Many Microsoft Office users prefer working in Excel instead of Access. Sometimes the reasons are excellent (for example, calculations are often more easily and robustly performed in Excel). Sometimes the reasons are less admirable (users don't want to learn Access).
Regardless, if your boss or client wants to see data in Excel, you'll want to deliver it in XLS format.
Copy and Paste
A plain old copy-and-paste inserts field names in the first Excel row and shows the data in each cell. Try the following example.
If you have Smart Tags turned on, you will see tiny green triangles in the upper-left corner of each cell in the ZIP column. Excel regards this ZIP column with suspicion. If these are all five-digit numbers, why have they been formatted as text?
You can open the drop-down list beside the Smart Tag to deal with this issue (see Figure 13.10). You can also avoid the problem entirely by choosing among the options in the Paste Special dialog box, as follows:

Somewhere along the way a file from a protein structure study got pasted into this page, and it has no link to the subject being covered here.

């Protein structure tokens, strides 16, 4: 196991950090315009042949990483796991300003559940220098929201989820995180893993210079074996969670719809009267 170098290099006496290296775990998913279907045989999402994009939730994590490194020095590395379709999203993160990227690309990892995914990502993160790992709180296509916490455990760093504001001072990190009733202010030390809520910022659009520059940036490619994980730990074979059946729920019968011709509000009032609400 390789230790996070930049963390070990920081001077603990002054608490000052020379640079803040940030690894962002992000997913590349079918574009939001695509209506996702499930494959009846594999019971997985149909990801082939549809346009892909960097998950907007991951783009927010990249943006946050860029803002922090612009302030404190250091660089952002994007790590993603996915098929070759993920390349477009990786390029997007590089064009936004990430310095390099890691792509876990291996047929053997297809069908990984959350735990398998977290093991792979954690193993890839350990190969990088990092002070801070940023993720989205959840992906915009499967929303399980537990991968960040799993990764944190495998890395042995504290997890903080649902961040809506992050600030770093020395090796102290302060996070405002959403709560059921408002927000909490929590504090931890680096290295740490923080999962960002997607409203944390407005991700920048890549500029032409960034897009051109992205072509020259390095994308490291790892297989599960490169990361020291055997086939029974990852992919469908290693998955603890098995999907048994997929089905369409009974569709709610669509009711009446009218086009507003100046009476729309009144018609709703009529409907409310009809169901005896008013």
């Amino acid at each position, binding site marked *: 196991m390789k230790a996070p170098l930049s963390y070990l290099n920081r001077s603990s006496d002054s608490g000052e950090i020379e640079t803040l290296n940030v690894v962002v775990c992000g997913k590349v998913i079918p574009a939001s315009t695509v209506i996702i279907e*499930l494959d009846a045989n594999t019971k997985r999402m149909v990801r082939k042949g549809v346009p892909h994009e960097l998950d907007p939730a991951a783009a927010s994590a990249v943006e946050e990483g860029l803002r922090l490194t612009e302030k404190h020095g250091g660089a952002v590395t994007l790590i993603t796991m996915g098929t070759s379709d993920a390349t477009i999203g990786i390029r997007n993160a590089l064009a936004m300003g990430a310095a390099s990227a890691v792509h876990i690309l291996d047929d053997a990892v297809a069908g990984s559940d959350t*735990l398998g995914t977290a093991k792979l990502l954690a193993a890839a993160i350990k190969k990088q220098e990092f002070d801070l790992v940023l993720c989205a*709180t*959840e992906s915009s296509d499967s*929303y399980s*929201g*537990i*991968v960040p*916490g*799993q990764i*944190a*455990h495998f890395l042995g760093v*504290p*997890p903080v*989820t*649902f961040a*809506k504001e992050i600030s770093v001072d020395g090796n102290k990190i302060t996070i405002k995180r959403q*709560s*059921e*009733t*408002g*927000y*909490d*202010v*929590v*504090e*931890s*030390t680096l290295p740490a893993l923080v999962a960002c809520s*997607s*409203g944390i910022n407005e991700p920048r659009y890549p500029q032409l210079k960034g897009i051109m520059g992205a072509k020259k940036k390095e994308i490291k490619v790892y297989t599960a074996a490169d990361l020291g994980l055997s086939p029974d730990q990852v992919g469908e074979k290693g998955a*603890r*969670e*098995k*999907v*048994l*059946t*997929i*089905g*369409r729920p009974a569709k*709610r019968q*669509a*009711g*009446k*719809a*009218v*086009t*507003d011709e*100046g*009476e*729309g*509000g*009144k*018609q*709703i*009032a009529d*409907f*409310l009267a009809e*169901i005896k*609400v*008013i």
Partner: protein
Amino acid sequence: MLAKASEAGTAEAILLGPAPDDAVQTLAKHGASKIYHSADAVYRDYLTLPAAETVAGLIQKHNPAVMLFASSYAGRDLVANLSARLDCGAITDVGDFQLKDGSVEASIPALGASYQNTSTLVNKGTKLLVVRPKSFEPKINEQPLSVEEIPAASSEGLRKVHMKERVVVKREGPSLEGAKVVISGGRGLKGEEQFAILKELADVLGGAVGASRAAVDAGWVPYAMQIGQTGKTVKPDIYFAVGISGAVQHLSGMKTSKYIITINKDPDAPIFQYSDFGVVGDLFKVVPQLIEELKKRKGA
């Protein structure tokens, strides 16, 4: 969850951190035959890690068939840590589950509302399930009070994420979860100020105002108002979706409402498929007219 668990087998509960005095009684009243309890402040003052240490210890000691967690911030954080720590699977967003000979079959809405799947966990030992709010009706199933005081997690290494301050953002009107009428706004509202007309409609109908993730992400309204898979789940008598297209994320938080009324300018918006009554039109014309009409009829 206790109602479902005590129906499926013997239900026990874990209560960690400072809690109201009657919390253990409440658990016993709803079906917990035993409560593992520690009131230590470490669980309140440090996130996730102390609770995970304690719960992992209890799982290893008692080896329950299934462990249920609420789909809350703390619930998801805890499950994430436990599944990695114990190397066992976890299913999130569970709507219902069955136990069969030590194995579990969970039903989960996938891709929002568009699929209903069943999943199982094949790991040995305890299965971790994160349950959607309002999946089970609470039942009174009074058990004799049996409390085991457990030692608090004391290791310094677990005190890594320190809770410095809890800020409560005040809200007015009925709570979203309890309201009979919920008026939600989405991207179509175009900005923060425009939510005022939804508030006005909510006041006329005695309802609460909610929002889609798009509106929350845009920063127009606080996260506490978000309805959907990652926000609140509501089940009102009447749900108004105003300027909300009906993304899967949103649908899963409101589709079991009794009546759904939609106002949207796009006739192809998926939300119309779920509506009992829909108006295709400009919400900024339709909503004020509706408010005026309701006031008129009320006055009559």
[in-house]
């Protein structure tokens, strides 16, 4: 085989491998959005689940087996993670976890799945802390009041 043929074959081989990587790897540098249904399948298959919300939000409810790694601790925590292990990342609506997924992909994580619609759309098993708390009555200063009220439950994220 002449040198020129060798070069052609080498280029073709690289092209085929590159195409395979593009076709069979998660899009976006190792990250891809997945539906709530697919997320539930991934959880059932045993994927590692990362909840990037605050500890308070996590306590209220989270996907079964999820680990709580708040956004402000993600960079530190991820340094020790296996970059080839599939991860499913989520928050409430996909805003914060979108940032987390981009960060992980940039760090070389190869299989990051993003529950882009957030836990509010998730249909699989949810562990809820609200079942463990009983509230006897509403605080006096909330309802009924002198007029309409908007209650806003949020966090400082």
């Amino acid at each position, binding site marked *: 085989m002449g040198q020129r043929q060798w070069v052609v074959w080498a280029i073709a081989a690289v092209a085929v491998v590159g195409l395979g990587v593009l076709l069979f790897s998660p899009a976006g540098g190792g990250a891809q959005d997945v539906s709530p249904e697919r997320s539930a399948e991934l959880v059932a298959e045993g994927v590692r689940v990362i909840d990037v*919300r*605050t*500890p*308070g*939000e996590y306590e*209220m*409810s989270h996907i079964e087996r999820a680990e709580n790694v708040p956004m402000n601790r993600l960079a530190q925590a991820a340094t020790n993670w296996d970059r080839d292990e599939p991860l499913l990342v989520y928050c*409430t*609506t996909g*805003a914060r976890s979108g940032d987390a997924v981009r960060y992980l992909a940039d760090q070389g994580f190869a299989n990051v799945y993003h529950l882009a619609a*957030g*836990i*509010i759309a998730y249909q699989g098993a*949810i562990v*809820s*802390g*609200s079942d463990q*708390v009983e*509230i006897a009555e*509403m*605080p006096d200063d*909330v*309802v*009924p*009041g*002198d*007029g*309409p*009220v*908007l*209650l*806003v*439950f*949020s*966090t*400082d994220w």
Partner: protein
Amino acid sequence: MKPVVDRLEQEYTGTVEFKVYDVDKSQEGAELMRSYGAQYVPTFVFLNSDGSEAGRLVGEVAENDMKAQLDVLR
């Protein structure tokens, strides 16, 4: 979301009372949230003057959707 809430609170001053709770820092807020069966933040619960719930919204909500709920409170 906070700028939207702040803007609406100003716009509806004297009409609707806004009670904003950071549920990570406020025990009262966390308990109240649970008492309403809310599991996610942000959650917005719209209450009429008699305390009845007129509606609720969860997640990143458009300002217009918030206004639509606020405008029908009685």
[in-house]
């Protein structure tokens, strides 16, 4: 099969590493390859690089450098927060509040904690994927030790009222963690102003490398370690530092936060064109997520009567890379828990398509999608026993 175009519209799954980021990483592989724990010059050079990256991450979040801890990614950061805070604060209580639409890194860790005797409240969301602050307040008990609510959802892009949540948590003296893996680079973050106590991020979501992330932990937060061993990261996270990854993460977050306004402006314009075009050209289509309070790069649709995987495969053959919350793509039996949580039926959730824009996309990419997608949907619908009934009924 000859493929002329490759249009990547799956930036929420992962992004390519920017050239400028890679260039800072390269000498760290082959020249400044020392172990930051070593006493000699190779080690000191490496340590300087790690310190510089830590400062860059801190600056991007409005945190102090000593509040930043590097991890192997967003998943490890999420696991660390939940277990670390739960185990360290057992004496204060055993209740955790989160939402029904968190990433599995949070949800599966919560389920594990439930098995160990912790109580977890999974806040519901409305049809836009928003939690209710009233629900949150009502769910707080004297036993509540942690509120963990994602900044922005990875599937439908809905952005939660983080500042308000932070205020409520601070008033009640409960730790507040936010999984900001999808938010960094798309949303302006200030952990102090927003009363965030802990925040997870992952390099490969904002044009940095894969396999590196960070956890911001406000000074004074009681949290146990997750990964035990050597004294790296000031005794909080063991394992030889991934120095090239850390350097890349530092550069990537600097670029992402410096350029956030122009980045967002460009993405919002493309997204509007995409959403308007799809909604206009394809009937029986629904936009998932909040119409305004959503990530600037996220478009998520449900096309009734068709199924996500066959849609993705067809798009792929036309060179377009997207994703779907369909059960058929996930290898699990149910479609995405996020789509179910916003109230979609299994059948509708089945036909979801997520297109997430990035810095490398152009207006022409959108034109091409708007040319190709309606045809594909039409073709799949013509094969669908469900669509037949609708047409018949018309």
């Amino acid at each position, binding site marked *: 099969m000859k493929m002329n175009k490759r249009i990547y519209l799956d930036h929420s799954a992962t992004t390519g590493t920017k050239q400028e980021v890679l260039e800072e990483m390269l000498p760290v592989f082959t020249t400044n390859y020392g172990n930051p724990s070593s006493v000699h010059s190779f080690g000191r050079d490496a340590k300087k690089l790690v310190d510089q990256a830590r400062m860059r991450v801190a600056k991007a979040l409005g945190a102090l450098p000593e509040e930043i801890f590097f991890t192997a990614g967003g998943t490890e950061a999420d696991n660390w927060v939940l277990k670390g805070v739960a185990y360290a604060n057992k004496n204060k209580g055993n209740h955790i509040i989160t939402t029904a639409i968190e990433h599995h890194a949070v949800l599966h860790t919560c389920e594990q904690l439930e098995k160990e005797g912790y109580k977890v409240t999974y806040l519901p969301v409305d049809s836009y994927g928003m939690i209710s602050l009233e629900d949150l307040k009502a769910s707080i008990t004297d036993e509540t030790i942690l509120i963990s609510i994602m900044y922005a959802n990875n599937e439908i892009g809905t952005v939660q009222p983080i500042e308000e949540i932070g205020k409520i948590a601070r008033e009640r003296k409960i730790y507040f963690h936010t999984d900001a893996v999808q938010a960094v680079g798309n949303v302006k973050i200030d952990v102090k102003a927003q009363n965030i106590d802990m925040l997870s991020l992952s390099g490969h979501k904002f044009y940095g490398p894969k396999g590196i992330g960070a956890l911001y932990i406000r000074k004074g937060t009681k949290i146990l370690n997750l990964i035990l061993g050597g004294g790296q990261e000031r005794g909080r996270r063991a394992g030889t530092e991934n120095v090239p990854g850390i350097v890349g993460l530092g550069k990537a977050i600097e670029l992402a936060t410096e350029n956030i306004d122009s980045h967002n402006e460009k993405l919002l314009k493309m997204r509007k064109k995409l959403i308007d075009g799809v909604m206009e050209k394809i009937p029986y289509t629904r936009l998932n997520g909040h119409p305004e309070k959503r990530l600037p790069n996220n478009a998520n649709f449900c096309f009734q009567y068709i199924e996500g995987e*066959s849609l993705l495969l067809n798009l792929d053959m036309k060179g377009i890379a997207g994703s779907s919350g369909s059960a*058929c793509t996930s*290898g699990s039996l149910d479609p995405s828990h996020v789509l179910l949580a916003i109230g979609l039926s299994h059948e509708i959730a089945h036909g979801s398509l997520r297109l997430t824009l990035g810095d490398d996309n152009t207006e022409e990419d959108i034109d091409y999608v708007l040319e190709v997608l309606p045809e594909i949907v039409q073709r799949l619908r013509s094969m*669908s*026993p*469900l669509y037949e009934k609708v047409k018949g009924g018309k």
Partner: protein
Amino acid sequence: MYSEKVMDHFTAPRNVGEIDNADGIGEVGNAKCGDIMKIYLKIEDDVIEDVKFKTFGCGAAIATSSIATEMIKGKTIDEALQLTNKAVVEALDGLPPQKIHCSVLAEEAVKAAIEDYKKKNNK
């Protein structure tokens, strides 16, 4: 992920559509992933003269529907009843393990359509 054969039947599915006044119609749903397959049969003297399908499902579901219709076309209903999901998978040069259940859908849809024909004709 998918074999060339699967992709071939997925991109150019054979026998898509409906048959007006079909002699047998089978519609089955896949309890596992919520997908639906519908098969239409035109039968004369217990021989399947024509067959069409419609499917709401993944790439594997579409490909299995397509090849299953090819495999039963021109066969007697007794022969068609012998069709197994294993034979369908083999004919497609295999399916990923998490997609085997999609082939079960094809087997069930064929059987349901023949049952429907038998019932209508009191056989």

You can copy and paste whole tables into Excel. The procedures are the same, except that you choose the table in the Database window.
You can use the Office Links command to create and open a file of Access data in Excel. Try this exercise:
If you want to delete this file or others created by Office Links commands, by default, the files are placed in your My Documents folder.
You can also use an Export wizard to export data to Excel.
You might want to import from Excel instead of exporting from Access, especially if you have strong Excel skills. The Import External Data command in Excel, available from the Data menu, has numerous options and is a more robust tool than the Access Export feature.